– Yes, it has created a renewed interest in VHF and UHF communications. Also, with less than desirable HF conditions people are turning to digital communications to make these worldwide contacts. Also, with the digital voice era younger hams are taking an interest due to using Raspberry Pi’s, Arduino, etc.
- How have other clubs handled the transition to digital communications form strictly FM?
– It really depends on the club and users. Some have two repeaters in which one is digital the other is analog. Another is that the repeater is ran in AMS mode and users slowly convert over to digital. Finally, to which I have some of my personal repeaters set-up, is to run one in strictly digital and link it to an analog repeater.
- Do all digital modes have similar performance?
– It really comes down to the mode of digital, codec, and method used. Right now the ones that exist are C4FM, GMSK, and 4FSK utilizing an AMBE or IMBE vocoder and using either FDMA or TDMA. So different scenarios do exist.
- We have heard that digital signals make better neighbors because FM analog signals will occasionally have splatter into adjacent signals but C4FM with it consistent modulation will not do this. Is this correct?
– Digital signals tend to stay pretty tight into the bandwidth because it is standard in the digital data. It really is a series of 1’s and 0’s being sent in a data stream. However, if channel spacing is an issue the digital noise can cause an issue if to close to analog signals.
- I do not have a C4FM radio, I only have a FM radio since I cannot hear the digital transmissions how will I know the the repeater is being used?
– You could utilize the monitor button on the radio to listen or use the BCLO feature on the radios
- If the club buys a C4FM repeater does it mean all of us now have to buy new Yeasu radios to communicate?
– If you wish to use Fusion then yes you would need to purchase Yaesu digital radios. No, digital modes are directly compatible at a radio level.
- So what is the big deal with digital voice? Why is it better than good old FM?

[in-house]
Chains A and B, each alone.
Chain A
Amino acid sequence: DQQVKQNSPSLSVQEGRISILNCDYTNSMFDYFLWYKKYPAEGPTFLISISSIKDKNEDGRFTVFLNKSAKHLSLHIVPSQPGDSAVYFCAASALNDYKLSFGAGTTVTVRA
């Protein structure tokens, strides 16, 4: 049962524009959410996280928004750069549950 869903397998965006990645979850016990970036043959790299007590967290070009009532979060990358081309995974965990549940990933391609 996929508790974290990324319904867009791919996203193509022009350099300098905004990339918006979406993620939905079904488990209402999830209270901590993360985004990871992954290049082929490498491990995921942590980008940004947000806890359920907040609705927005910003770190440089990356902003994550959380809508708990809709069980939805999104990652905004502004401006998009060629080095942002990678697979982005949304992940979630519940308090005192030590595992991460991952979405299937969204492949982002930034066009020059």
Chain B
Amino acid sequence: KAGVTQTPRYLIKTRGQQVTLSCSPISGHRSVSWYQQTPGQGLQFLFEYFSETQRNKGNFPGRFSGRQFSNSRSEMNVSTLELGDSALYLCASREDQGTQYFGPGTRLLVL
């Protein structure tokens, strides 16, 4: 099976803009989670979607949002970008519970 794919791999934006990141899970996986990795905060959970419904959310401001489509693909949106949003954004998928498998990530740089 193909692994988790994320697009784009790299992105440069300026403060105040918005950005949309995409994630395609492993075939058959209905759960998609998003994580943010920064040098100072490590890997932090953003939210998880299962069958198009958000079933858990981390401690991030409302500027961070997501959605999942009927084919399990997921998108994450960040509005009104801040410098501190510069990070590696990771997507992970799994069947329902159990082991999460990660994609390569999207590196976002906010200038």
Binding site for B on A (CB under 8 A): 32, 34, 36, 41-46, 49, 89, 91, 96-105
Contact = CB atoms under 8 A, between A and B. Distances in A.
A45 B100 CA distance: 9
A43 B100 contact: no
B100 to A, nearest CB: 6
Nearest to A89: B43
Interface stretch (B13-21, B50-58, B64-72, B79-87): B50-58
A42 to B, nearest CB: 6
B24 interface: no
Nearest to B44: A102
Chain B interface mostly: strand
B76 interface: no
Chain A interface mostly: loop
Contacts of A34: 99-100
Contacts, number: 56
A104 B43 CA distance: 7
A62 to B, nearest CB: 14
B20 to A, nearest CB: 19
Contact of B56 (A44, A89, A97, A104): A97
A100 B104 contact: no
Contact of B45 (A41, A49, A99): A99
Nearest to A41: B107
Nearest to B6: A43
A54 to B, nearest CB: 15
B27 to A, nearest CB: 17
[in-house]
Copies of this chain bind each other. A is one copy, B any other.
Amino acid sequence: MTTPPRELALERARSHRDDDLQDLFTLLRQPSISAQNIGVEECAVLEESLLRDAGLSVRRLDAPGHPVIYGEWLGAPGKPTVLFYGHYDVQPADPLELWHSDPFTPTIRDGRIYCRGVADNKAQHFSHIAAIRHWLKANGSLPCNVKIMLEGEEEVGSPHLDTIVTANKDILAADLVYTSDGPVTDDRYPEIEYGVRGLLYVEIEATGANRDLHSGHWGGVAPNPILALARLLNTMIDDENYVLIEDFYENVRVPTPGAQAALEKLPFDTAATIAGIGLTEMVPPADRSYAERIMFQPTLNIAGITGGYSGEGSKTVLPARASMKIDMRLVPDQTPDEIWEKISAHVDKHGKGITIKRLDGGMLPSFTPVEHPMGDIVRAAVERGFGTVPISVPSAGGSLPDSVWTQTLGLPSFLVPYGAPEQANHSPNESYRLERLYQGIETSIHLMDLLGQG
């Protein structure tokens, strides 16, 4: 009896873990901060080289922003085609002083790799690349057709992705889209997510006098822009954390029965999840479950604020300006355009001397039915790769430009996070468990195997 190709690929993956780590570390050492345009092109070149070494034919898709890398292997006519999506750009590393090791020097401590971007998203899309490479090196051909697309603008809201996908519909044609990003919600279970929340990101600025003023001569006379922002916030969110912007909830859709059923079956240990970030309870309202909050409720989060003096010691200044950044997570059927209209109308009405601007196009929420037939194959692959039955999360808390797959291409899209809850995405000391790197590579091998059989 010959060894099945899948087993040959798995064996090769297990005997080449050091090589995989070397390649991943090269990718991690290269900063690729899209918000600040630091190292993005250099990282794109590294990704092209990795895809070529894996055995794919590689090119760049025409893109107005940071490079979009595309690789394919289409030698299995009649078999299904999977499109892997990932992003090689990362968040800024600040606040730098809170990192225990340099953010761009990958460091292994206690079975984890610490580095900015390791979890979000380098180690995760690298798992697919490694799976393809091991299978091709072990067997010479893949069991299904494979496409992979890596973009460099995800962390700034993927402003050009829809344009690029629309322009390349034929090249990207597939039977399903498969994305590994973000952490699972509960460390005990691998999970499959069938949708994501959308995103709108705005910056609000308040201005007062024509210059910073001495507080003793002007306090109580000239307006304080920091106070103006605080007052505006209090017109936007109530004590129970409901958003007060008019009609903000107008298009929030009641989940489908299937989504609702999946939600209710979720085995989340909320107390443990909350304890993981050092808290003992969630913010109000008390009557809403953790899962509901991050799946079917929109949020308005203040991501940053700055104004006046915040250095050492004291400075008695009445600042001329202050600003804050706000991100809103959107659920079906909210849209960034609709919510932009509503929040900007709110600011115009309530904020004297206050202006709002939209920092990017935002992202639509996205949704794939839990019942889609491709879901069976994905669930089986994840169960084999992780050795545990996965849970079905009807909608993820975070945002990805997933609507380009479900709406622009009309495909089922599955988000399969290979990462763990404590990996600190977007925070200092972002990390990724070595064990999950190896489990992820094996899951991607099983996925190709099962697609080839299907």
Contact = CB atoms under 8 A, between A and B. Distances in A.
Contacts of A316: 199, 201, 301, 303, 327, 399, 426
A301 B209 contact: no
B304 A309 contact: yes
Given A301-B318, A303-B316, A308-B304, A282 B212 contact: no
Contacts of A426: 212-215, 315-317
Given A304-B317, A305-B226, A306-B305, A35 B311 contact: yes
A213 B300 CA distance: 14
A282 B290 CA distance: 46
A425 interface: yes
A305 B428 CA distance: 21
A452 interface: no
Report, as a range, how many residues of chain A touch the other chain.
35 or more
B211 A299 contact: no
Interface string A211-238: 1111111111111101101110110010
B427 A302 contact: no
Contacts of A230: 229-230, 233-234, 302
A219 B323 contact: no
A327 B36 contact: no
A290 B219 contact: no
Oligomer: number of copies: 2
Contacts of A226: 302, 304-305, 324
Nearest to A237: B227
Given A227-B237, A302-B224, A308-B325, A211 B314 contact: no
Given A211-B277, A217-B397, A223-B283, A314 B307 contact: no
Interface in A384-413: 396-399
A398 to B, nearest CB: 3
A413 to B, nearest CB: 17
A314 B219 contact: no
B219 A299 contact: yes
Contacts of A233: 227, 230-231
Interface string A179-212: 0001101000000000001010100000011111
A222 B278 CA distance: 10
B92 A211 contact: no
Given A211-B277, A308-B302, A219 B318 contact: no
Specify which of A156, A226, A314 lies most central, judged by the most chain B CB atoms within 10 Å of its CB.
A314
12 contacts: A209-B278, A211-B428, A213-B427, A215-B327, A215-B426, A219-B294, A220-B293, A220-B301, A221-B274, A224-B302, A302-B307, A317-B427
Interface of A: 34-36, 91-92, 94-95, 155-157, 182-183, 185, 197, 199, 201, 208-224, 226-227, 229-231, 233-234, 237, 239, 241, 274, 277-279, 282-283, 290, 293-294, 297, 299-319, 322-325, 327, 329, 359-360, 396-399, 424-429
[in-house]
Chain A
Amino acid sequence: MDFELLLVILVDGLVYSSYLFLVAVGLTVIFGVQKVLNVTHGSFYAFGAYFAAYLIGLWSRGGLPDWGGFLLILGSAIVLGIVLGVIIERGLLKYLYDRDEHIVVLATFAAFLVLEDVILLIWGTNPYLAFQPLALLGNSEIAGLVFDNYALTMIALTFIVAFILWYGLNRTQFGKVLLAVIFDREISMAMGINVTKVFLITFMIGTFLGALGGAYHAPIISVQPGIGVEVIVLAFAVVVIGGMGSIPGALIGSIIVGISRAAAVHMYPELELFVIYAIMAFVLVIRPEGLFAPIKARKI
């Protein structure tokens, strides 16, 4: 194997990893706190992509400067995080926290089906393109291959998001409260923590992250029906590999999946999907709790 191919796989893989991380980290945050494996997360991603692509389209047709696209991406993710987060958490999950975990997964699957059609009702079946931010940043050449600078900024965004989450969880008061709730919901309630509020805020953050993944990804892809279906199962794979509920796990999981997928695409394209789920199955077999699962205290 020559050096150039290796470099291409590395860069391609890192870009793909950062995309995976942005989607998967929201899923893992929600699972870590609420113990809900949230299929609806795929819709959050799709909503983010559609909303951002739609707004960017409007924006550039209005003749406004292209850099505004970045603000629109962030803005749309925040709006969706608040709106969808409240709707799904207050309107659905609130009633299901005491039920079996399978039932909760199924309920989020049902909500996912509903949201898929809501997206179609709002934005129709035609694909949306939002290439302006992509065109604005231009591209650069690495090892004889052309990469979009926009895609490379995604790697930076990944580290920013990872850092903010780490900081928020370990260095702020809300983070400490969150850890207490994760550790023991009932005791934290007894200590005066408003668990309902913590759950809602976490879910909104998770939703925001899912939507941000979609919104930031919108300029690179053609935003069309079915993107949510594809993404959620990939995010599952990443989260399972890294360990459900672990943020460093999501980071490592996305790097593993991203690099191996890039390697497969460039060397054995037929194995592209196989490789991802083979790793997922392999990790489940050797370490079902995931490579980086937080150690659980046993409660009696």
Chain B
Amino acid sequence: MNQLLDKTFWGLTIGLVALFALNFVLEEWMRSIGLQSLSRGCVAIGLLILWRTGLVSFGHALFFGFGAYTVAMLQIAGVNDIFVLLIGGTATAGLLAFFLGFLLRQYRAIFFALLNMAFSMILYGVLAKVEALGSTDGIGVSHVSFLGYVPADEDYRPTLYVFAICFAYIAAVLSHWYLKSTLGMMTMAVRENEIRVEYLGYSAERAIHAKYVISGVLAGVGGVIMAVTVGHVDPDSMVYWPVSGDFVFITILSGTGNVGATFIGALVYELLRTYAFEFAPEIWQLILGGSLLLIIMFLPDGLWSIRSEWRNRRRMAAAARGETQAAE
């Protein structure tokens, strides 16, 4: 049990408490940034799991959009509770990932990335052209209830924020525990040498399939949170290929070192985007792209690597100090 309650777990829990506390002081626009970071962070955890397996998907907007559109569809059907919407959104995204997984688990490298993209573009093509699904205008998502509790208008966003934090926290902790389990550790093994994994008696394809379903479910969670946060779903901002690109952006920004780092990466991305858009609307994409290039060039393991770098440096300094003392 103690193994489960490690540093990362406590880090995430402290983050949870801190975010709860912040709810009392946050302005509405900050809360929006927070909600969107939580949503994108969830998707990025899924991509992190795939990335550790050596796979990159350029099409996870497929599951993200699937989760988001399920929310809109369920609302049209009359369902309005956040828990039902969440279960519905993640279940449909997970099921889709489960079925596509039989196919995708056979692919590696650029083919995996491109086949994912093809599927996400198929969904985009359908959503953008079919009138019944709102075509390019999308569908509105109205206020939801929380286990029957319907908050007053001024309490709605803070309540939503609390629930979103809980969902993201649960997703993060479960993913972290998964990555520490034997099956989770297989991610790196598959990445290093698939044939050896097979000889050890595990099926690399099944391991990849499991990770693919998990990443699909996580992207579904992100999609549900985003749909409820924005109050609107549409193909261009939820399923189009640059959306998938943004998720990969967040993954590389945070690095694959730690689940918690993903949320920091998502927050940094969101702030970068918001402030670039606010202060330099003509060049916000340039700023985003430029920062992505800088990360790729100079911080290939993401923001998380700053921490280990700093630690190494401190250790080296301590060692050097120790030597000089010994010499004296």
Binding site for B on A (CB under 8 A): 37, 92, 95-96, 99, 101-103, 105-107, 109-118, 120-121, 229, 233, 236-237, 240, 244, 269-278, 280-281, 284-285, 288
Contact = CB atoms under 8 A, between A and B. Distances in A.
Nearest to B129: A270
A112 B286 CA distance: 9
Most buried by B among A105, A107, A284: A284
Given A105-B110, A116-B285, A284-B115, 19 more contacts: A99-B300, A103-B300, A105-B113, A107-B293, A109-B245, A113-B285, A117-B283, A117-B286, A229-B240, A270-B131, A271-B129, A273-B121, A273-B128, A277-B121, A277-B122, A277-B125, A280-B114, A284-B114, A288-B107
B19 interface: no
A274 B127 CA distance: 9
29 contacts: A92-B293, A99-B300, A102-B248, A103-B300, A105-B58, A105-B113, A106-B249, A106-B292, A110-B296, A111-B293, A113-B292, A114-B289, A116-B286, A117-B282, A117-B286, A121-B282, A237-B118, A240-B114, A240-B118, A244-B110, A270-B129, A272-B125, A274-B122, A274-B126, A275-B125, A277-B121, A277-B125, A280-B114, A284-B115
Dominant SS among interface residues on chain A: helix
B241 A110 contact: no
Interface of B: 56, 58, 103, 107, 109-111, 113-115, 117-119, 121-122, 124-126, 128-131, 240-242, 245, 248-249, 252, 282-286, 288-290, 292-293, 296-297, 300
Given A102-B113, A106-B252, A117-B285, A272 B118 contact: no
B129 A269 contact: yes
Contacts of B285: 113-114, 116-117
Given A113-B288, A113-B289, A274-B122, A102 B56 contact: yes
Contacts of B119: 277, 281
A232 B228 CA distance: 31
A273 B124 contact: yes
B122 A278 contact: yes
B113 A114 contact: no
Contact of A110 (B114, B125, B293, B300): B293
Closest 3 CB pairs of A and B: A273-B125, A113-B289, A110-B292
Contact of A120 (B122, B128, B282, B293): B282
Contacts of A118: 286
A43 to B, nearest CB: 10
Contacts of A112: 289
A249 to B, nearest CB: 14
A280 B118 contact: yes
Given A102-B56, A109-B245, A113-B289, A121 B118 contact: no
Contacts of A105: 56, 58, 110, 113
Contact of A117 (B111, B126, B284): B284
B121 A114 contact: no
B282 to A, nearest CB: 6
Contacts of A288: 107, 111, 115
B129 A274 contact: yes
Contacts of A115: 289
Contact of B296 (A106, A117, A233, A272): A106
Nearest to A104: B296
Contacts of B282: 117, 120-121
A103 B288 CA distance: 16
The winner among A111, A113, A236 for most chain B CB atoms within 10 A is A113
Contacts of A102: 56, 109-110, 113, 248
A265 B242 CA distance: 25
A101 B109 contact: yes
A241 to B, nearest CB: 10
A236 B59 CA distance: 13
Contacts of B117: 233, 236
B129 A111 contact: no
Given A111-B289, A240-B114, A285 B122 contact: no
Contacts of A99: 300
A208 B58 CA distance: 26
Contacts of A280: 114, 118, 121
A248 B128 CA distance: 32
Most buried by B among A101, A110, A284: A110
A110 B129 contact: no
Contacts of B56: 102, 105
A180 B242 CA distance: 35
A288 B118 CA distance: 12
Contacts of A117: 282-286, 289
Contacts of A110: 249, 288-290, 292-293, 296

– Digital voice offers additional features not possible in FM communications. Examples would be callsign information, distance, txt messaging, and others. In addition, digital signals have error correction built in so that transmissions can have extended distance.
- How can the expenditure of several thousand of dollars be justified by what we additionally get going to digital?
– The advantage with Fusion is that you can migrate on your own terms and when you wish to use or change to digital. Our repeater is the ONLY technology out there that can operate in AMS (automatic mode select) and also transcode. This means digital in – _digital out, digital in – _analog out, AMS in – _fixed mode out, analog in – _digital out. We also have an entry level line and a more advanced line of mobiles and portables as well as an entry level refurbished repeater at $400 and an advanced one ranging from $900 – $1100.
- To me it seems that the digital explosion is taking over everything. If we buy C4FM repeaters how so we know that Yaesu will not change to a new modulation scheme and obsolete what we have?
– ALL of our Fusion radios are firmware upgradable, so improvements and advancements are covered. As an example, the FT-1DR/FT-1XDR were discontinued over a year ago. Yet, when we released a firmware upgrade for the move to Fusion II in Sept. 2017 the radios were updated also.